Marquette Men’s Tennis: Mistakes Abound During First Tournament
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Decisions are made in split seconds on the tennis court. Fire a backhand winner? Play a short defensive slice? Members of the men’s tennis team are under immense pressure to make the right choice every rally.
After one weekend of play, coach Steve Rodecap said the team chose incorrectly too often.
“We need better decision making, especially in pressure,” Rodecap said. “In practice, we’re putting a larger emphasis on playing the higher percentage shots, and I think we’re doing well.”
Rodecap said poor decision making was expected at this point in the fall season. He had mixed emotions from Marquette’s first outing last weekend, the Milwaukee Tennis Classic.
“I would say our returning guys from last year did a really good job,” Rodecap said. “In singles they did a good job competing, digging out matches even though they weren’t playing great. Sometimes the younger guys struggle with their nerves and being tight. But we expect that in the younger guys.”
Sophomore Dan Mamalat may be an underclassman, but his play stood out just one tournament into the year.
Mamalat went undefeated in three matches and was runner-up in both singles and doubles, with his partner junior Juan Carlos Gutierrez Crowley.
Weather conditions made it difficult to be successful.
“The conditions outside were a bit rainy, and we really couldn’t get our muscle movements,” Mamalat said. “We adapted to the rain well, but it’s tougher to get going. And the muscles aren’t quite as warm as they should be.”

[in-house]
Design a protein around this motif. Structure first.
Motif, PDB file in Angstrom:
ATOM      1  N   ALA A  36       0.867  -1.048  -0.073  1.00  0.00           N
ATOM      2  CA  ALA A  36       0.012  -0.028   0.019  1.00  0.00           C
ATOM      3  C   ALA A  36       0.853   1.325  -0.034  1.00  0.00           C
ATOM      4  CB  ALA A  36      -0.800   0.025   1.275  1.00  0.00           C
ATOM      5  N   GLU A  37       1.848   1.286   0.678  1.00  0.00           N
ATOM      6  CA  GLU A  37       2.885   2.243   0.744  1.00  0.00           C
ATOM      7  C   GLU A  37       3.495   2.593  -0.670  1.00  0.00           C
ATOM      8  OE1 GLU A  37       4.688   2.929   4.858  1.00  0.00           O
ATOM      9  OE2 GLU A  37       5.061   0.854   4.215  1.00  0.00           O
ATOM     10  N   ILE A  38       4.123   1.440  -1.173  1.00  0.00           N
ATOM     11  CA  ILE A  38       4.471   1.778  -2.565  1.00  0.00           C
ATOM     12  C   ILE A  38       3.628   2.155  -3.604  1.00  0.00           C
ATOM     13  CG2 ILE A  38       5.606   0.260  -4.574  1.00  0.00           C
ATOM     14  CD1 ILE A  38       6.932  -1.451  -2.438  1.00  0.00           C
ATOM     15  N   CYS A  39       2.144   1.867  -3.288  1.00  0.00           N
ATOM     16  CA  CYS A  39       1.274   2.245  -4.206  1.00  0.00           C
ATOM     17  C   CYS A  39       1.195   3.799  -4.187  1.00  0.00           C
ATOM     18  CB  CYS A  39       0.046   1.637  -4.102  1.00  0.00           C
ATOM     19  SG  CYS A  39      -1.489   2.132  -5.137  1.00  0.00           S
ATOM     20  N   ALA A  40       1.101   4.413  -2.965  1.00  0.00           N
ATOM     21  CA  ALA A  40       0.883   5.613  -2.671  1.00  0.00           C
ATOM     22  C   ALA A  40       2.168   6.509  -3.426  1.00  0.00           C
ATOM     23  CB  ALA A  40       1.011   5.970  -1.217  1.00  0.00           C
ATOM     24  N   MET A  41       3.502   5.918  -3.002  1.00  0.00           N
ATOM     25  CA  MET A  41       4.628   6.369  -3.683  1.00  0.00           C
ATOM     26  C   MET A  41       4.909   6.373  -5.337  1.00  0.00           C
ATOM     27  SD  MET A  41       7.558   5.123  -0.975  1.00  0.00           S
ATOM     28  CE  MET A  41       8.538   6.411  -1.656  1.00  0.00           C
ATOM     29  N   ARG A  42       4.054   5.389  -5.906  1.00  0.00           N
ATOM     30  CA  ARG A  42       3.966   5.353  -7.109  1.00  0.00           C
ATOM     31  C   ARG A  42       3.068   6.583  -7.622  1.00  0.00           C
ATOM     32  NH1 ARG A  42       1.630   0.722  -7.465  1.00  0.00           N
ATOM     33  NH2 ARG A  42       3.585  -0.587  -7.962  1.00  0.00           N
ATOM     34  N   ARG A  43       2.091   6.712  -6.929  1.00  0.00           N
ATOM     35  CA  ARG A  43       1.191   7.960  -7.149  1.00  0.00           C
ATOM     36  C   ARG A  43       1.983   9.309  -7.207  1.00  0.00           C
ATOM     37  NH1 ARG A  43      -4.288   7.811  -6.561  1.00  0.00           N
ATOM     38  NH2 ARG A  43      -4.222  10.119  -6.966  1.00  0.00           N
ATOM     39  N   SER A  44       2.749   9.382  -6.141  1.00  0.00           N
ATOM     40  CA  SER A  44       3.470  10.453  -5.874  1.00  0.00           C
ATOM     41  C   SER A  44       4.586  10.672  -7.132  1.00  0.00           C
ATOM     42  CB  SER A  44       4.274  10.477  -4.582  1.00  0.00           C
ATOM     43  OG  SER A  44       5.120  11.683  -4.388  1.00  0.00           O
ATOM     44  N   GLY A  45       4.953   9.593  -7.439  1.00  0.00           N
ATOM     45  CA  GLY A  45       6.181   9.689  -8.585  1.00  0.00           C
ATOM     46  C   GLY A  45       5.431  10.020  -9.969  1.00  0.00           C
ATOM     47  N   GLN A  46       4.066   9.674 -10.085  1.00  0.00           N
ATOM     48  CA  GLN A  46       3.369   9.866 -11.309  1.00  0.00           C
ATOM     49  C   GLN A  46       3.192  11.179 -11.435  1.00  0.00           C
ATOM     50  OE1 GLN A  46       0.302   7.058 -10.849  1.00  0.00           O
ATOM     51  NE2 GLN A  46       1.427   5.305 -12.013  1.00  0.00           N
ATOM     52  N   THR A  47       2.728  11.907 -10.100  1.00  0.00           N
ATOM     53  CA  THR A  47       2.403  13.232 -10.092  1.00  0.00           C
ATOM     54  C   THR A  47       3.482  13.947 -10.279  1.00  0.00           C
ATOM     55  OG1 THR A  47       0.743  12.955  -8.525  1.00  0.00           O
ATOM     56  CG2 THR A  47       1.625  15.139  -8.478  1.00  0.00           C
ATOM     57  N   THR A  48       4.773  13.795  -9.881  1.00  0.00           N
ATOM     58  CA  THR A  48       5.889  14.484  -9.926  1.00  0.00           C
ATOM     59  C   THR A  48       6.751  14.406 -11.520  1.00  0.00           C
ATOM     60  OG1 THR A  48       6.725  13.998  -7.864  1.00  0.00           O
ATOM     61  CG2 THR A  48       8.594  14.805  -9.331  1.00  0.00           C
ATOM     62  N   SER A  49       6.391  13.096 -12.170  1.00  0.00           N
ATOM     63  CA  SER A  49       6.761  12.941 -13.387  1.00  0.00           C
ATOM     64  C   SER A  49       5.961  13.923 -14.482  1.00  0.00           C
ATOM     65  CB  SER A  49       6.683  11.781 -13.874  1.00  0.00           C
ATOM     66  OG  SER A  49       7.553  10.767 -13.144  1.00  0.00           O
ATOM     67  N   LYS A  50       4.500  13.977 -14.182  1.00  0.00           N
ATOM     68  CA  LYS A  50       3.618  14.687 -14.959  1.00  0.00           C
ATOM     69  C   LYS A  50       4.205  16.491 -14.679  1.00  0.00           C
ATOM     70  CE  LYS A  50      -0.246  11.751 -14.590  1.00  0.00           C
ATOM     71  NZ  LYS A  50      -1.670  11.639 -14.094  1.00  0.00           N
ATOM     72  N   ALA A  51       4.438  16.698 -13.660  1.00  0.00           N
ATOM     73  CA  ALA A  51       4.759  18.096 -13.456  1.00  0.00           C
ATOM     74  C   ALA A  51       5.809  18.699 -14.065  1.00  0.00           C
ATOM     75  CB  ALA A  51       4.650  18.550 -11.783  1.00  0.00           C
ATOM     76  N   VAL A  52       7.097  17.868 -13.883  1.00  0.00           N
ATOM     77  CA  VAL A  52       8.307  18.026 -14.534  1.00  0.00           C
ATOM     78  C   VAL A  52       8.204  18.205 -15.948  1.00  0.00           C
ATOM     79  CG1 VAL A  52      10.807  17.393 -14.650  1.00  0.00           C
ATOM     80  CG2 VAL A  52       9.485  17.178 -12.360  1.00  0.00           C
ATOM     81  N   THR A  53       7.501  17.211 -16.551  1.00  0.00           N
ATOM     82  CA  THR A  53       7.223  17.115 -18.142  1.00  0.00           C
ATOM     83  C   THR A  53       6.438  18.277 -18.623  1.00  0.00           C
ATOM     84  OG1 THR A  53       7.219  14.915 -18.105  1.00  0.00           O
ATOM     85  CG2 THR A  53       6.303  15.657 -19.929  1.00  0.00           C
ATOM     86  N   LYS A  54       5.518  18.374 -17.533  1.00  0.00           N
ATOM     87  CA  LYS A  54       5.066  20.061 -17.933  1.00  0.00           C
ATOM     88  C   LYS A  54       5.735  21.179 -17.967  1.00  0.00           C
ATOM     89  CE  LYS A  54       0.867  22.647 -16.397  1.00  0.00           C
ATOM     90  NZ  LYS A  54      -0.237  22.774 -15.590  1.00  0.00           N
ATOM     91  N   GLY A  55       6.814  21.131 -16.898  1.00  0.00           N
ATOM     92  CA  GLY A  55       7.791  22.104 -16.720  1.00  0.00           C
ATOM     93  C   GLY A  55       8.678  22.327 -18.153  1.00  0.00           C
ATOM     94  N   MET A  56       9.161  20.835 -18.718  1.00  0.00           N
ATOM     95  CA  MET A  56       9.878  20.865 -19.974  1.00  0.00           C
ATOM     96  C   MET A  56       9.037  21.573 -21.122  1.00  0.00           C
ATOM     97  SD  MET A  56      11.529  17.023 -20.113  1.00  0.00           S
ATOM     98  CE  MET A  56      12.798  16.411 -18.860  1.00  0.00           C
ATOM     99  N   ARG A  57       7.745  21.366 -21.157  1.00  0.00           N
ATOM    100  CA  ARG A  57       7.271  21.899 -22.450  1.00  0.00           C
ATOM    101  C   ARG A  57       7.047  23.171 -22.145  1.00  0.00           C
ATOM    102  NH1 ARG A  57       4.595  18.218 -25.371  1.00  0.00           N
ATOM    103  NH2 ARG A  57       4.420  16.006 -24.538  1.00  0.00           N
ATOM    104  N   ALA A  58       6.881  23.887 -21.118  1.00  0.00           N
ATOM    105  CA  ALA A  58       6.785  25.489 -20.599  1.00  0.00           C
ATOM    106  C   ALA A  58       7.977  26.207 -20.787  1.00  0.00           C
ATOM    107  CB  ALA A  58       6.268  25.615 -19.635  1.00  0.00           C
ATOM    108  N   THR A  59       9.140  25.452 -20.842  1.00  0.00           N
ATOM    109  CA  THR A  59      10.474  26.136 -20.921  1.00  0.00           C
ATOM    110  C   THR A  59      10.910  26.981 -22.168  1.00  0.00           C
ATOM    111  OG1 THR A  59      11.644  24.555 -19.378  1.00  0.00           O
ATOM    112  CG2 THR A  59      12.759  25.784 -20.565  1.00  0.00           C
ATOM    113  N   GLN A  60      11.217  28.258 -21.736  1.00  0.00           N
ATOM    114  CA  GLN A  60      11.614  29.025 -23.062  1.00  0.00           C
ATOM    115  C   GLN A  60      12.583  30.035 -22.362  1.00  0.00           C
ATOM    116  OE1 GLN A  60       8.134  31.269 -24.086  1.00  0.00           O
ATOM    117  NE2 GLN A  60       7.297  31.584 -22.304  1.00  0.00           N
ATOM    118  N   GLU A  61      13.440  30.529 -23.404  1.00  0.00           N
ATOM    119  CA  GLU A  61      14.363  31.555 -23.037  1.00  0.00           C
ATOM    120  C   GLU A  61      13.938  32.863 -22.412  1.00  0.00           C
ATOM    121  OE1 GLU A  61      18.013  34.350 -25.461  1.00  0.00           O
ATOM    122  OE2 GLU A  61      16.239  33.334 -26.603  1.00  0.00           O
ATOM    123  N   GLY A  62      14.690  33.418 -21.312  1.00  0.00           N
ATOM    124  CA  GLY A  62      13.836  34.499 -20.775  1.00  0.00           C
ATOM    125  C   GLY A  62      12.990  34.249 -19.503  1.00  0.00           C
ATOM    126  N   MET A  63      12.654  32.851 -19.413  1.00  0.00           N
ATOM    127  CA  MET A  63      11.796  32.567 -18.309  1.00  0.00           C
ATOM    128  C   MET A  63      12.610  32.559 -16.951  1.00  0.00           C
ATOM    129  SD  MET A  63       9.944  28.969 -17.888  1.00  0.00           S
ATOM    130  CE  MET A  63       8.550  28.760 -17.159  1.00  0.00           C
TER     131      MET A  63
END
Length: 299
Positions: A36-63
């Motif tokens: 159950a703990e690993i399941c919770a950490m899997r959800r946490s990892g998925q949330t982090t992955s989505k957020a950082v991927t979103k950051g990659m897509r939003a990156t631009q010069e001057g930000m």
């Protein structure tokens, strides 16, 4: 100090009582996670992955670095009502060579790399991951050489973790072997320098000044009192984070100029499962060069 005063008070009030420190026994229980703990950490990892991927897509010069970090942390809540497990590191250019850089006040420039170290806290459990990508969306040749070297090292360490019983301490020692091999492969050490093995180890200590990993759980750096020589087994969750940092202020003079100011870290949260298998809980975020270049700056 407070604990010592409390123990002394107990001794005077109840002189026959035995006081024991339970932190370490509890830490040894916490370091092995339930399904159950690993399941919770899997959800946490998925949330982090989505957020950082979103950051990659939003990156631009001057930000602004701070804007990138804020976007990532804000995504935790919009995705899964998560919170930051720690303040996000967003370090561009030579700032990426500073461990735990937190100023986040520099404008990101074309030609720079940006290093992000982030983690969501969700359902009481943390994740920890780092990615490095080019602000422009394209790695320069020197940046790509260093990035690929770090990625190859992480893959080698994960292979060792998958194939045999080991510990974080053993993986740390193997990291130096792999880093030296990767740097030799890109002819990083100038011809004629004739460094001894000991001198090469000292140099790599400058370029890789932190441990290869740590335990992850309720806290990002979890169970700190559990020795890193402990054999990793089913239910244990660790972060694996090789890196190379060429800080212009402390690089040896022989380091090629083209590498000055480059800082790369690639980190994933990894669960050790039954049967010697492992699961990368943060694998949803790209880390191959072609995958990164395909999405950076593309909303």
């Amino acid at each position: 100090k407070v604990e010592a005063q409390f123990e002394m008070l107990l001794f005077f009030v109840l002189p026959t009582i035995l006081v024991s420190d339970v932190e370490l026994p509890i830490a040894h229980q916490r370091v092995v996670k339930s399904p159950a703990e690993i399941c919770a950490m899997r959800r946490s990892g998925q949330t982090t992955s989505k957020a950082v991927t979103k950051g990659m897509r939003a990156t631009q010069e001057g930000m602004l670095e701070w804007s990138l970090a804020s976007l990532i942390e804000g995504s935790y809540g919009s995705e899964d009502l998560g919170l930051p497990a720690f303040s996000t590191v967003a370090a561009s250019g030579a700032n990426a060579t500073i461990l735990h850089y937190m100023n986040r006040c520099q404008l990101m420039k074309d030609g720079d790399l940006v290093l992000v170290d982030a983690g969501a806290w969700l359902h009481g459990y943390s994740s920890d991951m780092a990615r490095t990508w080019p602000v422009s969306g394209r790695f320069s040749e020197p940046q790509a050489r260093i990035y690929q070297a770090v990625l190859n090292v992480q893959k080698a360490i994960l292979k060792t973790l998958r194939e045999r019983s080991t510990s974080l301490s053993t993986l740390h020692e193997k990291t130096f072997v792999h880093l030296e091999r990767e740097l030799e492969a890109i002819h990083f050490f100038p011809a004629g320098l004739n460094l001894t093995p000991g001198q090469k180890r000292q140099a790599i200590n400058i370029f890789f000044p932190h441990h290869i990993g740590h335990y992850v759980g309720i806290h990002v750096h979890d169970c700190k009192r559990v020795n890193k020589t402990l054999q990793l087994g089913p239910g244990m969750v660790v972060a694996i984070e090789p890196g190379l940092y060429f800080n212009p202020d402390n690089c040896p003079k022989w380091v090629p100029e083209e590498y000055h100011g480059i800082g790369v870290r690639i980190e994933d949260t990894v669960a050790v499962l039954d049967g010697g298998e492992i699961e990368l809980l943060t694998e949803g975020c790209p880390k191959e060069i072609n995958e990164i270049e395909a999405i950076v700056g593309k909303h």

The weather is expected to be threatening this weekend as well, as the team heads to South Bend, Ind., for the Notre Dame Fall Invitational.
Mamalat will not travel with the team to this tournament but sees this weekend as a learning opportunity for those that will.
“The biggest key is for guys who didn’t take a step forward to take a step forward and get some wins and get people to judge themselves,” Mamalat said.
Senior Jonathan Schwerin said Marquette can use practice to improve its decision making—a problem that plagued the team last weekend.
“In practice, instead of going for a big shot, we should go for something defensive,” Schwerin said.
He did acknowledge that the season is young and the problems can be corrected in time.
“Right now, I think we’re still a little rusty from the summer, since we were all away from competition for so long,” Schwerin said. “Every one of us has a chance to improve going forward.”
Schwerin said the team’s relative inexperience has created a void of leadership. Multiple players have stepped up as leaders.
“Our leadership seems to be distributed between juniors and seniors,” he said. “But Dan (Mamalat) seems to be leading us by example and vocally. But it’s not just one person individually. It’s spread around.”
Mamalat concluded that visualizing success can really help the team achieve that improvement.
“I try to visualize the points I’m going to play and how I’m going to play them,” Mamalat said. “I try to imagine what I’m going to do, and how I can isolate someone’s weaknesses.”